4. Only 2 wires are needed for DCC operation.

This can be both true and false. Although it is true that you need two wires to power up the tracks and send them the signals, you will need extra feeding wires to connect the BUS wires and power up the rails after every few feet.

So, in simple words, there will be two wires that will leave the controller with the signals, and then they will be distributed into a few feeder wires to power up the entire layout.

Actually, the DCC power BUS, the main wiring in the layout, consists of two wires, red and black, that can be attached to the track and make the train run.

However, extending it to feed the track every few feet will result in a more efficient and trouble-free operation. Also, some other wiring on the layout will include the feedback BUS and the booster connectors if used.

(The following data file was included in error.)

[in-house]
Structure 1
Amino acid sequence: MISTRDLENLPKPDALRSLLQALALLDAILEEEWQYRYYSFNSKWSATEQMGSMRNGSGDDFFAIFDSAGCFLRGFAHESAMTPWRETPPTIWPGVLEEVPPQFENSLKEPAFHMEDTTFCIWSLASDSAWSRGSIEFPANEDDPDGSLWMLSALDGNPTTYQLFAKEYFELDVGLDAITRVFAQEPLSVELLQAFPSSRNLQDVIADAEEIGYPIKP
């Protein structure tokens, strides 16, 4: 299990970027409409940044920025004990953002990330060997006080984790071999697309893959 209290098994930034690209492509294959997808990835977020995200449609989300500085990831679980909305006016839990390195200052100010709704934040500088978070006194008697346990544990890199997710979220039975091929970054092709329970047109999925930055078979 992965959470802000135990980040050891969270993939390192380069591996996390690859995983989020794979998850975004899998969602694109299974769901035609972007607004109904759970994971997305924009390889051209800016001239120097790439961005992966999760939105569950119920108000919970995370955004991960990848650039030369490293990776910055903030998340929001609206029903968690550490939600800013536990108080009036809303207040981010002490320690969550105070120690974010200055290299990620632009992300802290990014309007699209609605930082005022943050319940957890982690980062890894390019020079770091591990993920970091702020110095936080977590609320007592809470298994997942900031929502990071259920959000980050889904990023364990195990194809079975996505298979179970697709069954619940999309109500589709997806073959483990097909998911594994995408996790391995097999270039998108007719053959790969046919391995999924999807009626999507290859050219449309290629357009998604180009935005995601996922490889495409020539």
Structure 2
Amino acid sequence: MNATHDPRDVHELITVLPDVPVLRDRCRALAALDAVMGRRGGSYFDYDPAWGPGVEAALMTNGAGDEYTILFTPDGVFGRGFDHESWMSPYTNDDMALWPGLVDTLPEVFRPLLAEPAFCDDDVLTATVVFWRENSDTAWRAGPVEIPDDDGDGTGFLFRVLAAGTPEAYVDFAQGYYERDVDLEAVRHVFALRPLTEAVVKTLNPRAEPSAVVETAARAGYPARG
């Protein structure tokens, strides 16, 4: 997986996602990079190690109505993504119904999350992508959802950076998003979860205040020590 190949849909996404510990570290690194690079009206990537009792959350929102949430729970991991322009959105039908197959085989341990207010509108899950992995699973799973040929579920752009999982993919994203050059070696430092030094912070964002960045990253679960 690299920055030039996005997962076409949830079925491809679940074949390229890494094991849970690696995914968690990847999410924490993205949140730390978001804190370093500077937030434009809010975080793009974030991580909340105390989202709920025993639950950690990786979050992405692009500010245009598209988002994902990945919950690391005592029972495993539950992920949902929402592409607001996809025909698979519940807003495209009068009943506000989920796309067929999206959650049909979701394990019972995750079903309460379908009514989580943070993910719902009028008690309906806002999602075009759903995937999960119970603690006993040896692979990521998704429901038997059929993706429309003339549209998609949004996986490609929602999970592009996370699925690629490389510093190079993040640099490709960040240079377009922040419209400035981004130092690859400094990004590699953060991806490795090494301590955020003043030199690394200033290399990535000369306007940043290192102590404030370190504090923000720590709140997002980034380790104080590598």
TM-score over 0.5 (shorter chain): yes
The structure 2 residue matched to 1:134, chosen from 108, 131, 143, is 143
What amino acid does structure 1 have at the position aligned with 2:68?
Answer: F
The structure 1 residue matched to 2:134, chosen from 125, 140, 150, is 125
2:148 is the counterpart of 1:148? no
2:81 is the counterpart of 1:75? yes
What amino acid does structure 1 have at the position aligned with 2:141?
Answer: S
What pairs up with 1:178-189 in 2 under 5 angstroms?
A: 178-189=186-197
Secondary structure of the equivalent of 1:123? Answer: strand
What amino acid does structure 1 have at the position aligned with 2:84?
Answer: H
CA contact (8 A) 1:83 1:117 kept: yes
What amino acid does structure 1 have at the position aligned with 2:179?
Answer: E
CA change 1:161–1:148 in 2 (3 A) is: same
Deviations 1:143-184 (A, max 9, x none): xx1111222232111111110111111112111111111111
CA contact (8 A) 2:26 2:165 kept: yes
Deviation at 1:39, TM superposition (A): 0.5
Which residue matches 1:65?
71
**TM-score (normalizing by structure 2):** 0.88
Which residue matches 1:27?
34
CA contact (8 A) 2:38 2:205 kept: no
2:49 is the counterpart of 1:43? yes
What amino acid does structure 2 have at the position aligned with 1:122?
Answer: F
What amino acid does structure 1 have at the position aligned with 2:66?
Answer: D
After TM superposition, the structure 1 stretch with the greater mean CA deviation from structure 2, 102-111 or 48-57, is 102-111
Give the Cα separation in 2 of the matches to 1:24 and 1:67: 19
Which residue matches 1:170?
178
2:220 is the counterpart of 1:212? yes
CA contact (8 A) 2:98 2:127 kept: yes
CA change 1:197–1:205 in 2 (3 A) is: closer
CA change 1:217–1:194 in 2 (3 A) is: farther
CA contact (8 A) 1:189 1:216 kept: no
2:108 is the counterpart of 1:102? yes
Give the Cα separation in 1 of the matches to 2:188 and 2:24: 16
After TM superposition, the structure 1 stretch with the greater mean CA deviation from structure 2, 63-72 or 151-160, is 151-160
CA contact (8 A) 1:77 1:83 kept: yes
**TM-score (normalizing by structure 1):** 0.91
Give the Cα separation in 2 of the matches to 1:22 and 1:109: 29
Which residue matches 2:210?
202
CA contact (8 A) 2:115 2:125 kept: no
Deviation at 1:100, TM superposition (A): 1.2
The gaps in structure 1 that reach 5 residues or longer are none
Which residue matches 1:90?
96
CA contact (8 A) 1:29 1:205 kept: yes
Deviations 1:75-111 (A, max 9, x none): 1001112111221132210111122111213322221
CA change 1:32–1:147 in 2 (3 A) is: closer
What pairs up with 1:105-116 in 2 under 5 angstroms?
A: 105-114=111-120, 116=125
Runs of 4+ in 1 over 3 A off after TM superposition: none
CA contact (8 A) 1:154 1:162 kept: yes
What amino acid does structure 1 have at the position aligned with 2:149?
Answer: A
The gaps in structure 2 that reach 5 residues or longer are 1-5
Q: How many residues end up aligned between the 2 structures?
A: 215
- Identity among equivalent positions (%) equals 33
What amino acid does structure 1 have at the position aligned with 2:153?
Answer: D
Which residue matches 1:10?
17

5. Without defining DCC safe or friendly points, my layout will not run.

DCC safe points are nothing special – it just requires that the connections are done keeping the right polarity in mind so that no short circuits occur in the layout. As DCC is more sensitive to shorts, therefore the point work needs to be done accurately and then soldered correctly.

To make the switches or turnout points DCC friendly, the polarity of the frog needs to be considered.
Either, it has to be made completely isolated from the adjoining rails, or if it is a live frog, there needs to be a switching mechanism present to switch the polarity so that the frog has the polarity the same as that of the inside rails of the exit track.